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He was doing rounds. Once a marine always a marine. He hadn’t looked up yet but he would soon. I had a second, maybe two, to react.

I let go of the handles and slid down the dome. I tried to aim my feet at the ground—maybe if I landed just right I could control the impact. But no. No. I’m not graceful. I got the worst of both worlds: I hit the ground hard and completely off-balance.

I landed like a sack of shit. But I landed on the other side of the alcove and didn’t break anything. Good thing sound doesn’t travel in a vacuum, because Bob surely would have heard that landing. Whatever. A clumsy, awkward success is still a success.

I hugged the wall of Aldrin and crept away from the port until I couldn’t see Bob anymore. I wasn’t sure where his “patrol route” would take him, but I knew he wouldn’t stray far from the port’s airlock. I continued until I was well clear of the port and sat down with my back against the bubble.

Then I waited. I couldn’t see the train alcove from my new position, but I could see the tracks leading away from town.

The train appeared on the horizon half an hour later. Owing to the small size of the moon, our horizon is only two and a half kilometers away, so I didn’t have long before it arrived at the station.

I waited for the train to pull into the alcove and dock with the port. Then I crept along my side of the alcove.

This was the first train of the day. Most of the passengers would be employees of the Visitor Center itself. They loaded up quickly and the train was ready for its return trip.

It emerged from the alcove. It takes a while to get something that size up to speed, so it wasn’t going very fast yet.

I leapt forward and grabbed the front wheel housing. It wasn’t the best grip, but I held on with all my might. The train dragged me along, my legs bouncing off the terrain. Okay, maybe this wasn’t the best plan I’d ever concocted, but it kept a train between me and Bob, which was all I wanted.

The train accelerated, faster and faster. I hung on for dear life. At this speed, any sharp rock could puncture my suit. I couldn’t let myself dangle for the whole trip. I had to put my legs somewhere.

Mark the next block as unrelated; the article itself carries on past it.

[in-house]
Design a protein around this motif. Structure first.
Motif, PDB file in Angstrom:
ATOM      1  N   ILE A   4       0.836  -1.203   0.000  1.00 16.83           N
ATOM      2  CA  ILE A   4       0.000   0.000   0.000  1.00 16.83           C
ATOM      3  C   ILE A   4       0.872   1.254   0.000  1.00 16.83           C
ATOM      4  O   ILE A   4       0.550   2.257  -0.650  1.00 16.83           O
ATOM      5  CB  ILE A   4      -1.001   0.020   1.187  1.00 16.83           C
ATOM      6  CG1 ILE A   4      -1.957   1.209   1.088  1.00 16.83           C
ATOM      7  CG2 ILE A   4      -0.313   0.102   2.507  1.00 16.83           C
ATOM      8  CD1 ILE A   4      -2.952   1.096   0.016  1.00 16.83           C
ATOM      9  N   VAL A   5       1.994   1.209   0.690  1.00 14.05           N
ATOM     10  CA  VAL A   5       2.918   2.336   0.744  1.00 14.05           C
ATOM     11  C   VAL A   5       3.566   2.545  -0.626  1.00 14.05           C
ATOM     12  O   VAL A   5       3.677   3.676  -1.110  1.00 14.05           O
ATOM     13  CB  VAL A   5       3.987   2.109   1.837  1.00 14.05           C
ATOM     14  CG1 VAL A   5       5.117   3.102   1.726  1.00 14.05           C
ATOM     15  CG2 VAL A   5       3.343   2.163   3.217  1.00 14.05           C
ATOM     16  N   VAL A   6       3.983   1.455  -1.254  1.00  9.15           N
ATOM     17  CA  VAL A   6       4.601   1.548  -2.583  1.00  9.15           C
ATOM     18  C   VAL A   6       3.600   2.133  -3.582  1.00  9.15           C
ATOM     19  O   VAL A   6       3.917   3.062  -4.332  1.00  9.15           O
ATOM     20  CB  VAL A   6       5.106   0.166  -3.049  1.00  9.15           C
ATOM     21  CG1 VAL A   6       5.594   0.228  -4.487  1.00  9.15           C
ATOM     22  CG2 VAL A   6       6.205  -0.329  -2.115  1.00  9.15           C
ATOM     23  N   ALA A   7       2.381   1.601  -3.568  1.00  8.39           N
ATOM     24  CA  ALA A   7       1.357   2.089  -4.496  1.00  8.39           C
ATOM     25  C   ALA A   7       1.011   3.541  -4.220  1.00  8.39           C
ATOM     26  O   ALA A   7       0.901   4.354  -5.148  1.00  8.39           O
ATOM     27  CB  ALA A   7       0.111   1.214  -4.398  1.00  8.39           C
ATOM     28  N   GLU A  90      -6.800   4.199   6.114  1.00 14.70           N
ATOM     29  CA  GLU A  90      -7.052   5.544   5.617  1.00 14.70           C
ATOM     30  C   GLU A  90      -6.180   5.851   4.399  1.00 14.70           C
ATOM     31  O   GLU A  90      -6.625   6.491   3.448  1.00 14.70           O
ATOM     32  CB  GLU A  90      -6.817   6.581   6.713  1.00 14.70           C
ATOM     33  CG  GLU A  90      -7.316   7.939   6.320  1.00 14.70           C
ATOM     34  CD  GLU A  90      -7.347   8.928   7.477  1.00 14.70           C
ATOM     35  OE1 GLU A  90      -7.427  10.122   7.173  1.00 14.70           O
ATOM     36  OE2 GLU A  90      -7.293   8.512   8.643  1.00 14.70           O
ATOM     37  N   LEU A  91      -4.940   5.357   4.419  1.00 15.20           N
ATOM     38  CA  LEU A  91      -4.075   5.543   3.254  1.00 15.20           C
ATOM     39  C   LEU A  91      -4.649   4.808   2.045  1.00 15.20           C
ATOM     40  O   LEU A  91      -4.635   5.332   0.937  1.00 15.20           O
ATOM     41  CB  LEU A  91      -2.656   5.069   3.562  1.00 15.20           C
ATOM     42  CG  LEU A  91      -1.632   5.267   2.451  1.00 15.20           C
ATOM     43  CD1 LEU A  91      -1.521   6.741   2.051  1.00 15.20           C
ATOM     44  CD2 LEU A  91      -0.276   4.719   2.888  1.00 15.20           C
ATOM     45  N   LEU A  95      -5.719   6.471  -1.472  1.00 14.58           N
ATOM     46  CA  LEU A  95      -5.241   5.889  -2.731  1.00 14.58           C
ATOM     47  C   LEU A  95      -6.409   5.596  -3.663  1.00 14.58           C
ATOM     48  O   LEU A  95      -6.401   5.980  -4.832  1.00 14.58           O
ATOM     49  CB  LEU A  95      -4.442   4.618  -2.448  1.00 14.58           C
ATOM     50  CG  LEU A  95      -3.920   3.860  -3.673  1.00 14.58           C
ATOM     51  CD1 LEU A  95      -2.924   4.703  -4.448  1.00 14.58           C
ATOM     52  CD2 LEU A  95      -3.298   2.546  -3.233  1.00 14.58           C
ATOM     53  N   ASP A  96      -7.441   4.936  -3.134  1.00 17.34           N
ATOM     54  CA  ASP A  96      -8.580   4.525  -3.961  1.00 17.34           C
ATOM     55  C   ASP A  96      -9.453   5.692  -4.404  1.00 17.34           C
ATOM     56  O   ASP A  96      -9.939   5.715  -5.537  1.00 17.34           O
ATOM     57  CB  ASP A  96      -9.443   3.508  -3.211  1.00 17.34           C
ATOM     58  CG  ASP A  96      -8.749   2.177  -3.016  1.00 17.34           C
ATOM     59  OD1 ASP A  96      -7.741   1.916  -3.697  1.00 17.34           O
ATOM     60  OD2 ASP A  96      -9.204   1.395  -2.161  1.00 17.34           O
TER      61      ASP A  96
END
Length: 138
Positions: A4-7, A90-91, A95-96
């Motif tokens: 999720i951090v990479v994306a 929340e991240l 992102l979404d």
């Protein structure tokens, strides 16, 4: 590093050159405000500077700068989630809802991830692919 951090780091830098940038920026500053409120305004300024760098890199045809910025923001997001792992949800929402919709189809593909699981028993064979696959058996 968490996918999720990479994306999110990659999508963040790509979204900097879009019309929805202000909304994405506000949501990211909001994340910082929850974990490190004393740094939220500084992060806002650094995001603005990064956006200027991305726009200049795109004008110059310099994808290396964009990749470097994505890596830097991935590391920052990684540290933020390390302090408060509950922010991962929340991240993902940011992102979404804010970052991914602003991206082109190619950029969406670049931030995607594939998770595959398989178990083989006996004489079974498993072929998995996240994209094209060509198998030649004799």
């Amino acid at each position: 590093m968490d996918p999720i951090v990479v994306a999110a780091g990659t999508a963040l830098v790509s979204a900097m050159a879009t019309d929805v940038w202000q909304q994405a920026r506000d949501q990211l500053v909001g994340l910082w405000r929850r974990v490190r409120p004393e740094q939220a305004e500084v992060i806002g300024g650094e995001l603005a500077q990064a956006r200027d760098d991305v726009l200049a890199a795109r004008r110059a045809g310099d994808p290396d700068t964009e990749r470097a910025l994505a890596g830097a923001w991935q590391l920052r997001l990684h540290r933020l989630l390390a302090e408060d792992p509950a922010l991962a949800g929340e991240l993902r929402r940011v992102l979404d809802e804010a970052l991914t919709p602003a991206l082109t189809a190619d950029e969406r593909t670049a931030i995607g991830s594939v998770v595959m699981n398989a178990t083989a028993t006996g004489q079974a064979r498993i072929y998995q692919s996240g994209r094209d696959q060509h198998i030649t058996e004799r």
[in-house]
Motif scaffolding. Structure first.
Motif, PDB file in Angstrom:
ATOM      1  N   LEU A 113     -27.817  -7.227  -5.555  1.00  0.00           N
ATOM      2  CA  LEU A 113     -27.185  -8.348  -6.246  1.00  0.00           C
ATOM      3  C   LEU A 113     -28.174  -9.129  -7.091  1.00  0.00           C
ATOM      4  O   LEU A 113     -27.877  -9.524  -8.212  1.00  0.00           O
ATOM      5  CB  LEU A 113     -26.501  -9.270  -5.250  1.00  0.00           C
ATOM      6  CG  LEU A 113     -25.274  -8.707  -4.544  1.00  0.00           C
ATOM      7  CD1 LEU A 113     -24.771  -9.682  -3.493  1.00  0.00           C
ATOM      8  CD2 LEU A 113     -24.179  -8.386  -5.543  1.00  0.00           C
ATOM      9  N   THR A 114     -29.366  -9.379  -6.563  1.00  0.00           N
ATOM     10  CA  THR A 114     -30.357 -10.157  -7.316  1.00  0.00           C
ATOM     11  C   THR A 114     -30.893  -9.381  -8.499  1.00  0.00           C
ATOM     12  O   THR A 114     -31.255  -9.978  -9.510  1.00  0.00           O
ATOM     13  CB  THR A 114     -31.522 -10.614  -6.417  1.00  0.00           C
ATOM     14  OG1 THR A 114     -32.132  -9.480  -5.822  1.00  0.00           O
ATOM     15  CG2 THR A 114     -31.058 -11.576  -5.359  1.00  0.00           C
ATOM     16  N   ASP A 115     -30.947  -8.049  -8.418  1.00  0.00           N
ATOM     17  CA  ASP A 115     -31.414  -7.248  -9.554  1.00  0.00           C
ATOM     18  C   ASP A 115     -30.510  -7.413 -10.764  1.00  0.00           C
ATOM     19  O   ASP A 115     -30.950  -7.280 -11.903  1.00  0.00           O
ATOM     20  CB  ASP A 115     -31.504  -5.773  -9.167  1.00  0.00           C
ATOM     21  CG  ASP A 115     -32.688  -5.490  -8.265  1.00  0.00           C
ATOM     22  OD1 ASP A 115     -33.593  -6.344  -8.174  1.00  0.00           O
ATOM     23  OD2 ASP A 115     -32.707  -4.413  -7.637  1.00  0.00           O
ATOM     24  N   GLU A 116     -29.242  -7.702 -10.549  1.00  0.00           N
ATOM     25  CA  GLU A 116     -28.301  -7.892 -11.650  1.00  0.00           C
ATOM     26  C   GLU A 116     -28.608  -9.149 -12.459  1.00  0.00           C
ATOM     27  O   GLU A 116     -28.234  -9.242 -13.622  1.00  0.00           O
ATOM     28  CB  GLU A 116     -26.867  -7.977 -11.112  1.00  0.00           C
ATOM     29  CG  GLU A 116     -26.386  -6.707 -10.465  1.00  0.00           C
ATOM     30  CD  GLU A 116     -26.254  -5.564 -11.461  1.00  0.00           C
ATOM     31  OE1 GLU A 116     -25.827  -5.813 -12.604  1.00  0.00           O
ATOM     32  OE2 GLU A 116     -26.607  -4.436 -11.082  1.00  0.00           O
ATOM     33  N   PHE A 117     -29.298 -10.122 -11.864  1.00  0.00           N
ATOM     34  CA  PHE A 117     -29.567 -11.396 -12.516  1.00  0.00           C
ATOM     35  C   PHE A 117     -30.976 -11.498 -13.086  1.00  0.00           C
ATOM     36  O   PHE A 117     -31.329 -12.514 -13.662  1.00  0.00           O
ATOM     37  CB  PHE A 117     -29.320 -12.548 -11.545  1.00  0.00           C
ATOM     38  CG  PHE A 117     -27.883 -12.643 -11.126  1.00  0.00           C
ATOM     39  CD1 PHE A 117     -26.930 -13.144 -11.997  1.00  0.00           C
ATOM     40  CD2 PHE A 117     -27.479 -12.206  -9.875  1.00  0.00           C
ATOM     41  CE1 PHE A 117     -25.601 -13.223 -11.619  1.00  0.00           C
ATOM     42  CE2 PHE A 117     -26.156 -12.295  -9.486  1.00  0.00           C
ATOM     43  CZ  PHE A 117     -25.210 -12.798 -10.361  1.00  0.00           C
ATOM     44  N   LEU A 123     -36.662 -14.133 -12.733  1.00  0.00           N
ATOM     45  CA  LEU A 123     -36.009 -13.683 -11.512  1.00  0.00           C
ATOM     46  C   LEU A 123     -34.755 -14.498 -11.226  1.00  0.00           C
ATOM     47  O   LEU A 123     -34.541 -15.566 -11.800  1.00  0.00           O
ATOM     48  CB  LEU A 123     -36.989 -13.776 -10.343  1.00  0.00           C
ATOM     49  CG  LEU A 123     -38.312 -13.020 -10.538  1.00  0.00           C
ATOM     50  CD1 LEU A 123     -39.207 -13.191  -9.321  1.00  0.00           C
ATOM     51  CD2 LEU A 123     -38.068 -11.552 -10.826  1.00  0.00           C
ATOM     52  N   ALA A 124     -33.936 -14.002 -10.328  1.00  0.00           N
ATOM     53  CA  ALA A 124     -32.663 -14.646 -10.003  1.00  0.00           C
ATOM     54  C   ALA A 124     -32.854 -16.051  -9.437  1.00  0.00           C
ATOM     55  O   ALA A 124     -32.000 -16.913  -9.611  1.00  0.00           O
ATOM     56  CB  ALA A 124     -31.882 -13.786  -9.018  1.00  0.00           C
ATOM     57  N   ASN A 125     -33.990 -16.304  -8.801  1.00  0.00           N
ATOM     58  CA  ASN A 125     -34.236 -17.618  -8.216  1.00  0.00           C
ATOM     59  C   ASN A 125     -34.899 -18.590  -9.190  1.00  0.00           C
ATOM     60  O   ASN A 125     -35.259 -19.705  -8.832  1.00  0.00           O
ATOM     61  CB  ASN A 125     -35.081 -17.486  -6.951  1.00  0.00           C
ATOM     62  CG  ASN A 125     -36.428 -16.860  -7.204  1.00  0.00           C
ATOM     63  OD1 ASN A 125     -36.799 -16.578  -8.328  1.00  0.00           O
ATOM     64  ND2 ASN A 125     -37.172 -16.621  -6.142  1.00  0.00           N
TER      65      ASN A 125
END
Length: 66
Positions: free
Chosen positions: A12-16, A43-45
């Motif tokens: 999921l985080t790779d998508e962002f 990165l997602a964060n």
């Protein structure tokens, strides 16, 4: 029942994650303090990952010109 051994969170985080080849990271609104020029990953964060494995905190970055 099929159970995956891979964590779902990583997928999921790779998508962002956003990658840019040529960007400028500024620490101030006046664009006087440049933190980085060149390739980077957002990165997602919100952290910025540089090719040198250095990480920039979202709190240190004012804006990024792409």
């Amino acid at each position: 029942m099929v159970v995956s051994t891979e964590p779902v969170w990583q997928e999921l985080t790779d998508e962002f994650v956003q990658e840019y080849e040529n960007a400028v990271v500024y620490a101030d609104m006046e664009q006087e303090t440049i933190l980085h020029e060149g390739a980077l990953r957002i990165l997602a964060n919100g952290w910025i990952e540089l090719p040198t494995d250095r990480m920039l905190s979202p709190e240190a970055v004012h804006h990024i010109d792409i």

I reached up and grabbed the edge of a window—I had to hope no one was sitting there. I pulled myself up and put my feet on the wheel housing. I wanted to peek through the window to see if I’d been spotted, but I resisted the urge. People might not notice a few fingers outside a window, but they’d probably notice a big EVA suit helmet.

I tried not to move. It’d be pretty spooky for people in the train if they heard noise coming from the wall from outside. Attack of the Moon Woman Who Made Bad Life Decisions.

We puttered along the lazy path toward the Visitor Center. By now you’ve probably figured out my plan. The posse was guarding all the Artemis airlocks, but had they thought to guard the one at the Visitor Center?

Even if they had, they couldn’t beat me there. This was the first train.

The trip took forty minutes, as usual. I managed to sit sort of comfortably on the wheel housing. It wasn’t too bad.

I spent the trip brooding about my predicament. Even if I could make it back inside without getting caught, I was screwed. Trond had hired me to destroy four harvesters. I only trashed three. Sanchez’s engineers would undo my sabotage to the survivor and get it back to work. Their production would be reduced, but they’d still make their oxygen quota.

Trond wouldn’t pay me for this debacle, and I wouldn’t blame him. Not only had I failed, I’d made things harder on him. Now Sanchez Aluminum knew someone was gunning for them.

“Damn…” I said as my stomach knotted up.

The train slowed as it approached the Visitor Center. I hopped off and stumbled to a stop while the train continued on to its alcove.

I bounded over to the Visitor Center and worked my way along the arc of its dome. The Eagle came into view as I rounded the hull. It almost seemed to disapprove. Tsk, tsk. My crew would never pull shit like this.

Then I saw a glorious sight: The EVA airlock was completely unguarded!

Hell yeah!

I rushed to the airlock and opened the outer door, hopped in, and closed the hatch behind me. I cranked the repress valve and heard the hiss of glorious air come at me from all directions.

Even though I was in a hurry, I waited through the air cleanse. Hey, I may be a smuggler, saboteur, and all-around asshole, but I’d never leave my EVA suit dirty.

The cleanse finished and I was clean as a whistle.

Back in town! I’d have to find somewhere in the Visitor Center to hide my EVA gear, but that wouldn’t be a problem. I’d stow it in as many tourist lockers as it took, then come back later with a big container. I’m a porter—I’d just say I was there for a pickup. It wouldn’t even look weird.

I opened the inner airlock door and stepped into salvation.

Except it wasn’t salvation. It was shit. I stepped into shit. The smile on my face quickly changed to a “freshly caught carp” expression.

Dale stood in the antechamber, his arms folded and a half smirk on his face.

Dear Jazz,

Are you all right? I’ve been worried. I haven’t heard from you in a couple of weeks.

Dear Kelvin,

Sorry, I had to shut off my Gizmo service for a while to save money. I’ve got it back on now. It’s been tough. But I’m starting to get above water.

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